When Chicago nanny Vivian Maier died in 2009, she left behind an archive of over 100,000 negatives, prints, and home-made films discovered only shortly before her death.
An American of French and Austro-Hungarian extraction, Maier picked up photography in 1949 and kept taking snapshots well into the 1990s.
Depicting the streets of Chicago in her unique, impromptu style, Maier recorded some of the most interesting phenomena and bizarreness of urban America in the second half of the twentieth century. Interesting bits of Americana, the demolition of historic landmarks, the unseen lives of ethnic groups and the destitute, as well as some of Chicago’s most cherished sites were all meticulously catalogued by Vivian Maier.
Maier’s massive body of work came to light in 2007 when her work was discovered at a local thrift auction house on Chicago’s Northwest Side.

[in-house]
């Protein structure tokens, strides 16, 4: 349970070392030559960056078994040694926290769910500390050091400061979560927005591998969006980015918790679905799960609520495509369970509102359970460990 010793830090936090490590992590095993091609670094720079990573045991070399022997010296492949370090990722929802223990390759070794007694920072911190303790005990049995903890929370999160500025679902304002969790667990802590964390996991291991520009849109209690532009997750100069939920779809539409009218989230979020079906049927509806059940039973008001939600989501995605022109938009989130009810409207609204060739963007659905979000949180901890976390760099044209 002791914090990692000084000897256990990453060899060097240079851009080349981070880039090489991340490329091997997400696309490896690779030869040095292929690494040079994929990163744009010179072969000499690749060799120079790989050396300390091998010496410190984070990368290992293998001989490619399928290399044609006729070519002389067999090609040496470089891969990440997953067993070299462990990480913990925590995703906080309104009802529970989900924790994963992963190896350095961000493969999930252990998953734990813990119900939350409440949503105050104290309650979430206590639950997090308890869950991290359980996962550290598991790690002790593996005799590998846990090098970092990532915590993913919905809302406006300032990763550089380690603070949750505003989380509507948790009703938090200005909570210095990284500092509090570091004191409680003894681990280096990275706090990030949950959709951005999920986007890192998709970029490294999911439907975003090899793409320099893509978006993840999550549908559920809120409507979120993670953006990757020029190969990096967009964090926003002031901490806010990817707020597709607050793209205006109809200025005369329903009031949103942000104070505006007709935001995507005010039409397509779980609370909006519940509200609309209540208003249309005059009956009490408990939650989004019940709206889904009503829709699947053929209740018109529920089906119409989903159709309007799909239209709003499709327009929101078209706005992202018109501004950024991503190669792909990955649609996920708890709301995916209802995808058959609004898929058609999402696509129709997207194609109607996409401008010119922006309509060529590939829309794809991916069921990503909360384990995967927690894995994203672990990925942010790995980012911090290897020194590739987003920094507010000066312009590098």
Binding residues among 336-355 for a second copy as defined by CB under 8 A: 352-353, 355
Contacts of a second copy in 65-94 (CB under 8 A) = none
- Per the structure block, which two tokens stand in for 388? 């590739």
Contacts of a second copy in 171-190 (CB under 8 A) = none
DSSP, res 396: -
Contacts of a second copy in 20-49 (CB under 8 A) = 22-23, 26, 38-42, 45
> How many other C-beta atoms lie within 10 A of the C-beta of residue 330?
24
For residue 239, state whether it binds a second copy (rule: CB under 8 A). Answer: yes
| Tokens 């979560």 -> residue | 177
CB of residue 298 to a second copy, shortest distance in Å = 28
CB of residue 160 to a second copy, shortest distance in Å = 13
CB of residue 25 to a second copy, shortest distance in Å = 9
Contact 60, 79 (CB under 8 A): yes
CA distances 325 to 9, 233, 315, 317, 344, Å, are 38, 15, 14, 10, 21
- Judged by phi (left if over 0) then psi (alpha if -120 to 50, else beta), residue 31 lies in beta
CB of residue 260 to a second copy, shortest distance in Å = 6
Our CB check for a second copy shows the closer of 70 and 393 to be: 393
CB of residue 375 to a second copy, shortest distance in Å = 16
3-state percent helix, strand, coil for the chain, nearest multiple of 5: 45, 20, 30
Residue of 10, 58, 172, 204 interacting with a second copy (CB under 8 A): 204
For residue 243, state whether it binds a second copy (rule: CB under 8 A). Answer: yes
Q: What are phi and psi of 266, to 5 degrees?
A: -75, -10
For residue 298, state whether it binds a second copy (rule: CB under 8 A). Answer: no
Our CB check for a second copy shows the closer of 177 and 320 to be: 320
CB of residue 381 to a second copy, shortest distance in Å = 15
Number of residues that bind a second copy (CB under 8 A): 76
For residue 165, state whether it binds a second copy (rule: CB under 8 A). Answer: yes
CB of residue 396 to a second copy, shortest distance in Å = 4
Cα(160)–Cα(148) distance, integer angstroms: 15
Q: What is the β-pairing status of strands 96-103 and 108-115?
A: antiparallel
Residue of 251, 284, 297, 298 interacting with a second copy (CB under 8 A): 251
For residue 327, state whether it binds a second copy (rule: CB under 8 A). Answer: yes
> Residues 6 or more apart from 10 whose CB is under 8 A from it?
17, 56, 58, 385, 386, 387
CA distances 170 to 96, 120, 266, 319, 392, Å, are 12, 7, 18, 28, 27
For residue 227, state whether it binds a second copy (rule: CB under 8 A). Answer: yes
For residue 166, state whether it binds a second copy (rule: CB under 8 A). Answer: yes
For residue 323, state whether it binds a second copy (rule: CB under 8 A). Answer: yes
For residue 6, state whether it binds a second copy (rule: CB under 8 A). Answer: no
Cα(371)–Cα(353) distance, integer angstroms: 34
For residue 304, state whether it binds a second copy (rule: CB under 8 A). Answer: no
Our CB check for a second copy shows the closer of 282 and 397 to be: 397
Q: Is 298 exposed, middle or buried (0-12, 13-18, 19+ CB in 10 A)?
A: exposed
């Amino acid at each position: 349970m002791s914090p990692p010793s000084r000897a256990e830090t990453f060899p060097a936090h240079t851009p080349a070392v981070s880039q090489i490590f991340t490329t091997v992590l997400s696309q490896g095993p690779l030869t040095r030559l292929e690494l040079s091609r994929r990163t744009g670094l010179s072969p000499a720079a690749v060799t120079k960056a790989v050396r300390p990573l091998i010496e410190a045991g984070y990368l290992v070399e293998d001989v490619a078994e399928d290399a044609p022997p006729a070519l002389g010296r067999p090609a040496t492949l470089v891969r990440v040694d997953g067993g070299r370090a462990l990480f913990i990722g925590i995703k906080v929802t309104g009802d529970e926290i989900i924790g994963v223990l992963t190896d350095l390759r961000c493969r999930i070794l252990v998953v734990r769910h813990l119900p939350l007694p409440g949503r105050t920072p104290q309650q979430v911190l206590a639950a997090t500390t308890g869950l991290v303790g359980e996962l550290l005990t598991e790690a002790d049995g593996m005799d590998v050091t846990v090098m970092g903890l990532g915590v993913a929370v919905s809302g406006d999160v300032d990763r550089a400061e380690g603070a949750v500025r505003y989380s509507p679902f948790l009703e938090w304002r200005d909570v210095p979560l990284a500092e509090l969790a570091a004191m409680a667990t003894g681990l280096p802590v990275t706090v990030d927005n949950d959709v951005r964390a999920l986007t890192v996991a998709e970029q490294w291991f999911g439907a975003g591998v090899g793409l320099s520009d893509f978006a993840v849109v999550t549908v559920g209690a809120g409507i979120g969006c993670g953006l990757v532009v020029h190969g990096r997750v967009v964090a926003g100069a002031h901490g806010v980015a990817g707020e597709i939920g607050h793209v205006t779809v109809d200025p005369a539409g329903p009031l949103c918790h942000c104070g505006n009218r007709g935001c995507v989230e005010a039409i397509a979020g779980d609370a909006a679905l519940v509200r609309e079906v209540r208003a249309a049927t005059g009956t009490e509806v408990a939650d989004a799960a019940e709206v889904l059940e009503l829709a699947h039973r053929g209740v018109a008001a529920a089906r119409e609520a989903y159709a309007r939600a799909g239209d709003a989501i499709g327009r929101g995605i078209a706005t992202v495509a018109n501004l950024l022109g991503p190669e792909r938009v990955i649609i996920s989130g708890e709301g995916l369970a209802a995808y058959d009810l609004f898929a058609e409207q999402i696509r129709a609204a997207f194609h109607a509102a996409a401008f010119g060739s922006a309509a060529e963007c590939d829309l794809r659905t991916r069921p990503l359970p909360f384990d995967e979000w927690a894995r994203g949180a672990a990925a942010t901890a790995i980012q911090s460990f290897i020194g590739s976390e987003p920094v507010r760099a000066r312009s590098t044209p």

The first exhibition of Maier’s work in the UK is showcasing 48 framed prints in both black and white and colour, together with a selection of Maier’s silent films.
Vivian Maier: A Life Uncovered, at the German Gymnasium, Pancras Road, NW1 2TB, forms part of the London Street Photography Festival launched this summer. It is open until the 24th July 2011.
For further info, visit londonstreetphotographyfestival.org.
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